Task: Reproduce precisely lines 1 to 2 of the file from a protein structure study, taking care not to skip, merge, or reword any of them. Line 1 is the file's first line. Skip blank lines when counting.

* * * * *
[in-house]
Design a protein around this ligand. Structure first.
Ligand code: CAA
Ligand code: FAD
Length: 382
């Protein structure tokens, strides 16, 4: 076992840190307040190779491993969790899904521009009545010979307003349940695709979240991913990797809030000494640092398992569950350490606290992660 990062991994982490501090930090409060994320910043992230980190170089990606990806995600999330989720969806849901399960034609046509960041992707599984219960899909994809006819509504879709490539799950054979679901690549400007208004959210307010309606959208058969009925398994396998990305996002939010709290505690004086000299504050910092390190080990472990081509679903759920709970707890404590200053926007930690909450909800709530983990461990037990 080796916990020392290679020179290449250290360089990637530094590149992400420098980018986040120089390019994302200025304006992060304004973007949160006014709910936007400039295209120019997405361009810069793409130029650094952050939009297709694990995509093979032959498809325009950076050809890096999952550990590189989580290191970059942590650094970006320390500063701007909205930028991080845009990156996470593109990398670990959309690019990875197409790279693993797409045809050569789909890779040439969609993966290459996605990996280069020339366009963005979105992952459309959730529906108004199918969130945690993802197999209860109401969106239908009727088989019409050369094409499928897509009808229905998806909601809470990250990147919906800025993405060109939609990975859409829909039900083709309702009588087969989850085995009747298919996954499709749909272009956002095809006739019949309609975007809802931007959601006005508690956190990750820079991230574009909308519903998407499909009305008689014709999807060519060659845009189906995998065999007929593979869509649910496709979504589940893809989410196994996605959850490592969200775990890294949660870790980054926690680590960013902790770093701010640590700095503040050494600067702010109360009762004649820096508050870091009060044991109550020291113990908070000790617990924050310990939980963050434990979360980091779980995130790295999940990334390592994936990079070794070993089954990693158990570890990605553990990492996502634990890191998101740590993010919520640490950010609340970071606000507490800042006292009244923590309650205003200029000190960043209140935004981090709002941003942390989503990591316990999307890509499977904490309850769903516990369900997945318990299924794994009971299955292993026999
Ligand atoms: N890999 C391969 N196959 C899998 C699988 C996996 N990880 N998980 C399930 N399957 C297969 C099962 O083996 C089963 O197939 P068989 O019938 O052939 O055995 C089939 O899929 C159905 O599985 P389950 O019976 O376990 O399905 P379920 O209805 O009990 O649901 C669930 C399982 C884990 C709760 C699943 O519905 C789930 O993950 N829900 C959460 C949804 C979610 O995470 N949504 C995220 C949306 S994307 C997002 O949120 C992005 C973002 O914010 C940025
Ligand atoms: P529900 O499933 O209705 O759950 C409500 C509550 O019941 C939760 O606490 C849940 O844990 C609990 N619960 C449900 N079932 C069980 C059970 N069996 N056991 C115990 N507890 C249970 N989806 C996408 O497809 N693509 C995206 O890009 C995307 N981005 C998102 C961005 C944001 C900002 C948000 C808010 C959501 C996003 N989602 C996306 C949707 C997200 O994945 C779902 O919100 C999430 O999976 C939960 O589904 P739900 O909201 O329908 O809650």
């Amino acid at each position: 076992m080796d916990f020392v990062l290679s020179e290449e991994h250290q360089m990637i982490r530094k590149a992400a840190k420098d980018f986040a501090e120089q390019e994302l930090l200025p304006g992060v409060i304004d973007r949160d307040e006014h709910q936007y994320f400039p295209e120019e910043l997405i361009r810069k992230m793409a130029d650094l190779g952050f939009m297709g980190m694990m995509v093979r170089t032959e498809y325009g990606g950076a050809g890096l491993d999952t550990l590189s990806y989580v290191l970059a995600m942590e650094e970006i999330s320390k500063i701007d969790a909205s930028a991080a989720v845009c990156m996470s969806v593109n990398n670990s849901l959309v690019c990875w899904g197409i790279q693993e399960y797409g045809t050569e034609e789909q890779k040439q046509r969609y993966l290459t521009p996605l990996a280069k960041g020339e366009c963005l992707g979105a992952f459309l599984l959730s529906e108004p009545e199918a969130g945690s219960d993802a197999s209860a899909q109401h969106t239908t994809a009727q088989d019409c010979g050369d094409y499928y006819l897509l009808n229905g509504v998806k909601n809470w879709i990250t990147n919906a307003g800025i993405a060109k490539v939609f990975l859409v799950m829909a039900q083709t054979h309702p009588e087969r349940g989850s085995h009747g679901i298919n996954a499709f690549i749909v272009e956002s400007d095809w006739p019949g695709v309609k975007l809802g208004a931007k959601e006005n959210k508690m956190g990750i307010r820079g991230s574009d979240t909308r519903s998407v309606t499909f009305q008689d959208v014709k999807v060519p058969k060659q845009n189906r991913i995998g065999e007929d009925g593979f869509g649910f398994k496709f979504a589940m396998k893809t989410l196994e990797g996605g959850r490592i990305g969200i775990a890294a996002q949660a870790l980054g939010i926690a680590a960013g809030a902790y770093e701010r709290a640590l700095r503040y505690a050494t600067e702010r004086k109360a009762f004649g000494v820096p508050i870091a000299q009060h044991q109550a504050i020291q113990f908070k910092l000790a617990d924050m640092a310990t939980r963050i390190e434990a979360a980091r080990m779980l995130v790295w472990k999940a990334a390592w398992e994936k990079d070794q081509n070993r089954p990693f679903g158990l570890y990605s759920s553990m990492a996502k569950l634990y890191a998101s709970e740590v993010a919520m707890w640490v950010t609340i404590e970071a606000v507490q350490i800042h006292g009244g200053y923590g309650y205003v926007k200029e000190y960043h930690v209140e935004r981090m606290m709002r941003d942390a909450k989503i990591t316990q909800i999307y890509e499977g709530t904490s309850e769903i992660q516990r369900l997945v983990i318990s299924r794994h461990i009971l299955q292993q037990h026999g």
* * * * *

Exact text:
[in-house]
Design a protein around this ligand. Structure first.